Worldwide evaluation of PROM ataxia in genetic ataxias

- Make PROM Ataxia available in more languages
- Assess PROM Ataxia longitudinally and across genetic disease types and severities in a multicenter setting worldwide


Inherited ataxias are neurodegenerative diseases with prominent ataxia that lead to progressive disability during the disease course. In the last years, considerable progress has been made in characterizing progression of ataxia and additional neurological symptoms, but less is known about patient-reported outcome measures (PROMs). PROMs provide important information beyond neurological scales. Such assessments are increasingly recognized as valuable and essential for evaluating not only clinical care but in particular for evaluating treatment. The US FDA developed a patient-reported outcome guidance related to the use of PROMs used to support drug approvals.

Recently, an ataxia specific patient related outcome measure, PROM Ataxia, has been introduced by the group of Jeremy Schmahmann. It has already been translated in several languages. Now, further translations are required as well as prospective longitudinal assessment in a wide range of ataxic disorders to evaluate the capability of PROM-Ataxia to capture the patient’s experiences in the daily living over time and across disease types and stages of disease severity.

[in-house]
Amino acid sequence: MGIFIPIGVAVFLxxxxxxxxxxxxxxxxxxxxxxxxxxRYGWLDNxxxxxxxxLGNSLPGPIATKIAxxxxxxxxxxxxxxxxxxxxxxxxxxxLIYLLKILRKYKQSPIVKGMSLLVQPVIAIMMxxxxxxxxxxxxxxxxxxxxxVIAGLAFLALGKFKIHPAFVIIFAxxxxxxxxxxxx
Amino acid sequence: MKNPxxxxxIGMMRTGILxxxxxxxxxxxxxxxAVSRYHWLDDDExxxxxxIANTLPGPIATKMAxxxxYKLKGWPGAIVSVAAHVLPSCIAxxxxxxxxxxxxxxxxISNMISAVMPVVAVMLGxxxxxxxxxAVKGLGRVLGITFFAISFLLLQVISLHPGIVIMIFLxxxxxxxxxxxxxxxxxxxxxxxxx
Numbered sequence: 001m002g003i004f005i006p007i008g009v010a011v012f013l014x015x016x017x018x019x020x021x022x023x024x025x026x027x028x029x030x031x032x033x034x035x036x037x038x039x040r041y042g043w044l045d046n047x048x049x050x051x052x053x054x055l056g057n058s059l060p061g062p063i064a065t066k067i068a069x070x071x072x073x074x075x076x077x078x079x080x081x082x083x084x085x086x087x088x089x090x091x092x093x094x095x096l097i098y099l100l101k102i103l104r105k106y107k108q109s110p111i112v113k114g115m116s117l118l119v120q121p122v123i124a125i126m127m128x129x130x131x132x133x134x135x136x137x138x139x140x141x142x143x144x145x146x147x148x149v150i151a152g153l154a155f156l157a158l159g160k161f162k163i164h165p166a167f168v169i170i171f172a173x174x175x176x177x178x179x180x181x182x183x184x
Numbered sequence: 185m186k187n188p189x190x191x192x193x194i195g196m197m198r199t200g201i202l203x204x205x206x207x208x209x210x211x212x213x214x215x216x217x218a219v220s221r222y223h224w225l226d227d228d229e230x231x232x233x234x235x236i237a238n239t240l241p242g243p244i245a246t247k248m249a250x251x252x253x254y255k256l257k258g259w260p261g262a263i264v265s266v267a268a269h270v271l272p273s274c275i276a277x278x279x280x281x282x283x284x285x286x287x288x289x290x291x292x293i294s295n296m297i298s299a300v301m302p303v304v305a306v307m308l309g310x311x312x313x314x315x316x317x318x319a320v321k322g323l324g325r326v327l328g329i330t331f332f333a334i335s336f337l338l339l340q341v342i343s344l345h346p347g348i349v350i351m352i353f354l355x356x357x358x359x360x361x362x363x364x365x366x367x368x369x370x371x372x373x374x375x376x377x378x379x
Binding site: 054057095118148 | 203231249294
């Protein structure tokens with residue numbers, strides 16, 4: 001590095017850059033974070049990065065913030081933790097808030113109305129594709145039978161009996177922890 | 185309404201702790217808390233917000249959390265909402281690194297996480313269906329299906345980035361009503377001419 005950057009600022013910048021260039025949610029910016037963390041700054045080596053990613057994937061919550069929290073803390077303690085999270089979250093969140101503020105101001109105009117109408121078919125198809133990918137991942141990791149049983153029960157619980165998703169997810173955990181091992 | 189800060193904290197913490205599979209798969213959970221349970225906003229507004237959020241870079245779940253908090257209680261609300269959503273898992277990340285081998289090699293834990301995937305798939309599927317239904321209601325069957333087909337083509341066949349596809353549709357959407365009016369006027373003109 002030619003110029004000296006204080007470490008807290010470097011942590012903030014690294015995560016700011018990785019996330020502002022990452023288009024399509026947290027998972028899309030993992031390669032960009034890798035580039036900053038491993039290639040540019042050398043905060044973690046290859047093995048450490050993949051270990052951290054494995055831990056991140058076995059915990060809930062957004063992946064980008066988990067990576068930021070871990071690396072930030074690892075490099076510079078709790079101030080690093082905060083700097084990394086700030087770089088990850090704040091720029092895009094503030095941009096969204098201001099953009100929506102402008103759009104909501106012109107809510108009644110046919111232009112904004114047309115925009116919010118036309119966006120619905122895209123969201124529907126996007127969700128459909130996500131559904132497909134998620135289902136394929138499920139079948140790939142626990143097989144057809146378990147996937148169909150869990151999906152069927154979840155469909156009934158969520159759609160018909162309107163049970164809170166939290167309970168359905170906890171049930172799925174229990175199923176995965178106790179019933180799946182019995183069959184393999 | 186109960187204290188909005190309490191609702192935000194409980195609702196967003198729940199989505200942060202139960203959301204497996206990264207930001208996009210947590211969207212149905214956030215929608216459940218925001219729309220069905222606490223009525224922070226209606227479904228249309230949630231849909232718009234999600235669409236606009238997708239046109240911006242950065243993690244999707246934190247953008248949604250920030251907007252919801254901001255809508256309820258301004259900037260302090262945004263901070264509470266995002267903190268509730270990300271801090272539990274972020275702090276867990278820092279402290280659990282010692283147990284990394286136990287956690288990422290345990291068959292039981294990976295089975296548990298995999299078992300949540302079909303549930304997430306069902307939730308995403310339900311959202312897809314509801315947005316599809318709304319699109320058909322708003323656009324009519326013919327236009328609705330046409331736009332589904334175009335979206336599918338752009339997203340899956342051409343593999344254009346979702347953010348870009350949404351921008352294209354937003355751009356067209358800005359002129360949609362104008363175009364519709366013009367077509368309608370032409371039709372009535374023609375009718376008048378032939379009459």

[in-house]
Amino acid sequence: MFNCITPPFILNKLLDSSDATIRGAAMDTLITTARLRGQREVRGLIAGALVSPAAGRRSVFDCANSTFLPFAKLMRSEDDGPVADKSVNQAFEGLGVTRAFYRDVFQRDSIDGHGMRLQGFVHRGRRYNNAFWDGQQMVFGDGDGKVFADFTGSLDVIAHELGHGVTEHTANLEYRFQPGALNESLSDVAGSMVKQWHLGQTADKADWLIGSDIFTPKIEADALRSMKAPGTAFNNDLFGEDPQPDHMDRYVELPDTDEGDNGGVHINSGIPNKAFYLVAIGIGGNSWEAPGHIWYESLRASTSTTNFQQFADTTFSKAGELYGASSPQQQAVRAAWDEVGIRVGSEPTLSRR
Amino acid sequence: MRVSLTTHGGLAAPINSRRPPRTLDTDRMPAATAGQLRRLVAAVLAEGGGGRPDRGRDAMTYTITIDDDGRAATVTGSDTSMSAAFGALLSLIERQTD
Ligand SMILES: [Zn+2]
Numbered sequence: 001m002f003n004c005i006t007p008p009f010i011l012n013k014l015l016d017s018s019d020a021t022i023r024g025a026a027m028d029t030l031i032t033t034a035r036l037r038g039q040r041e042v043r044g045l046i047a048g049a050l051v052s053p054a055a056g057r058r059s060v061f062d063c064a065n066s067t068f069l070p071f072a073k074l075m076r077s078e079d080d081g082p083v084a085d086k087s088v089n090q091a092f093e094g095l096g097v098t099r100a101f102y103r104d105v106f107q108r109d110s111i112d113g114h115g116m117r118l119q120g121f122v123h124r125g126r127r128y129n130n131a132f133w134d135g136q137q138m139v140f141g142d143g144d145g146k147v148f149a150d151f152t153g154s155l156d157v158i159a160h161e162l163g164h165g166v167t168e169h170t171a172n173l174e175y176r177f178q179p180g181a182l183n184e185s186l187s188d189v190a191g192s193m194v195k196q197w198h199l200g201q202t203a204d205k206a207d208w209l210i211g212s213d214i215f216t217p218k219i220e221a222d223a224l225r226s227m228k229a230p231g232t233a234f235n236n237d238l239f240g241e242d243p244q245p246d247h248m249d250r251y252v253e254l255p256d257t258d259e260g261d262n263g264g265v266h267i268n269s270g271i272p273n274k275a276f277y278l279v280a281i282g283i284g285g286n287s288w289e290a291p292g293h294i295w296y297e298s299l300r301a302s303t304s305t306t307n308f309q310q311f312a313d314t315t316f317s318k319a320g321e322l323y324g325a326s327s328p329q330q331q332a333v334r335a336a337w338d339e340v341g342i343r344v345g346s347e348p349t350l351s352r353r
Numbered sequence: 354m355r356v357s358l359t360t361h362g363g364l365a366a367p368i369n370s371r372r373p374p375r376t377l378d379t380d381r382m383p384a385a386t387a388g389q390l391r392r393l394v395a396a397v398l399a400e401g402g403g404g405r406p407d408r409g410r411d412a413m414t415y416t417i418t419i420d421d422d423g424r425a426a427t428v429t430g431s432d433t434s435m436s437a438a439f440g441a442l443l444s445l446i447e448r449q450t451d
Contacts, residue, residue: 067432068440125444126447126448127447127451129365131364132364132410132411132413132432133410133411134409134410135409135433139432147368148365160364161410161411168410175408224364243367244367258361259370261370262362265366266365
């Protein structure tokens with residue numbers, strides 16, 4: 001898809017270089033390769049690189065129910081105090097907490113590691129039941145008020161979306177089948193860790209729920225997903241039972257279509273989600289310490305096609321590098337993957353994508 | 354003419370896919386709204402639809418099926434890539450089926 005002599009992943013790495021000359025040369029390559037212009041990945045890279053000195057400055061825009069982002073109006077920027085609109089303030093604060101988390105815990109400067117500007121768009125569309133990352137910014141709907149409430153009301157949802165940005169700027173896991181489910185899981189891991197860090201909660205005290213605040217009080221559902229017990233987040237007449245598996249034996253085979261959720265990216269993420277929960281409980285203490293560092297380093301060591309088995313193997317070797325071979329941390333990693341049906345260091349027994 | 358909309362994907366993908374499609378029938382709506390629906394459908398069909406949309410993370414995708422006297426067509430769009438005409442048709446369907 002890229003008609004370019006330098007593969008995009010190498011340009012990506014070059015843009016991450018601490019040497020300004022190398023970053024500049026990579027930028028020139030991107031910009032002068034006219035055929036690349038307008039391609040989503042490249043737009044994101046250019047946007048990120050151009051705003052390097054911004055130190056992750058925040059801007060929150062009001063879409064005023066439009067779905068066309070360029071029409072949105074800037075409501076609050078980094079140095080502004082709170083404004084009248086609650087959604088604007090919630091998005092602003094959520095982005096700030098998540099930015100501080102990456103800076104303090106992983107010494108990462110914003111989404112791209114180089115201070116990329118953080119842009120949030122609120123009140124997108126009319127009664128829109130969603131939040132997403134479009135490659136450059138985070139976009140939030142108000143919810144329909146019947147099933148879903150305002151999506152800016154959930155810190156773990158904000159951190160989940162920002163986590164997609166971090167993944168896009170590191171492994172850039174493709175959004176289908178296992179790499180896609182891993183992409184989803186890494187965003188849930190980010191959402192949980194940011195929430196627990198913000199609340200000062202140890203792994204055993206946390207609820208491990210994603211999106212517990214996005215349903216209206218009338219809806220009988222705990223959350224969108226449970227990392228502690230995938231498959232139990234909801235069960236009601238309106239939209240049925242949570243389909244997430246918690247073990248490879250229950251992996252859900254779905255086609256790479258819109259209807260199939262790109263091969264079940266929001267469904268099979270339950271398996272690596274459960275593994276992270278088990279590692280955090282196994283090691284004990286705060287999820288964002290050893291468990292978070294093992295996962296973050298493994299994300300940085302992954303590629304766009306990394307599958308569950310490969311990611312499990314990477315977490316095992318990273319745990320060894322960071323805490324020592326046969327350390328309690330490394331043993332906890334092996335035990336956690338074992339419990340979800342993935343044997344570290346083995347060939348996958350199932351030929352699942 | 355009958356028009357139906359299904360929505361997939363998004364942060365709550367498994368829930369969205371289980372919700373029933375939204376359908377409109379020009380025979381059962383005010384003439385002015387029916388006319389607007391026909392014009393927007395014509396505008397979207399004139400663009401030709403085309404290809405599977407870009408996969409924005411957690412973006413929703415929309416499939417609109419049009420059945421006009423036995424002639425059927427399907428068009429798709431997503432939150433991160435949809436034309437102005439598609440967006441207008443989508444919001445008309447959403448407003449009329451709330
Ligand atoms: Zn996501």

Our aim is to make PROM Ataxia available in the required languages and assess PROM Ataxia longitudinally and across genetic ataxias at different levels of ataxia severity in a multicenter setting worldwide with the AGI Young Investigator Initiative.

We are looking for:
Young investigators that assess patients with frequent genetic ataxic disorders

We can help you out with:
Clinical assessment of PROM Ataxia and anonymous data transfer

Cohorts used Patients with the most frequent genetically confirmed ataxias
Funding available? To be sought
Trial readiness category 3. approaches directly translatable into treatment trials (key outcomes, trial-planning, or translational treatments)

Contact persons:
Heike Jacobi
University of Heidelberg, Heidelberg, Germany

Jennifer Faber
University Hospital Bonn and German Center for Neurodegenerative Diseases (DZNE), Bonn, Germany

Further project partners:
AGI Young Investigator Initiative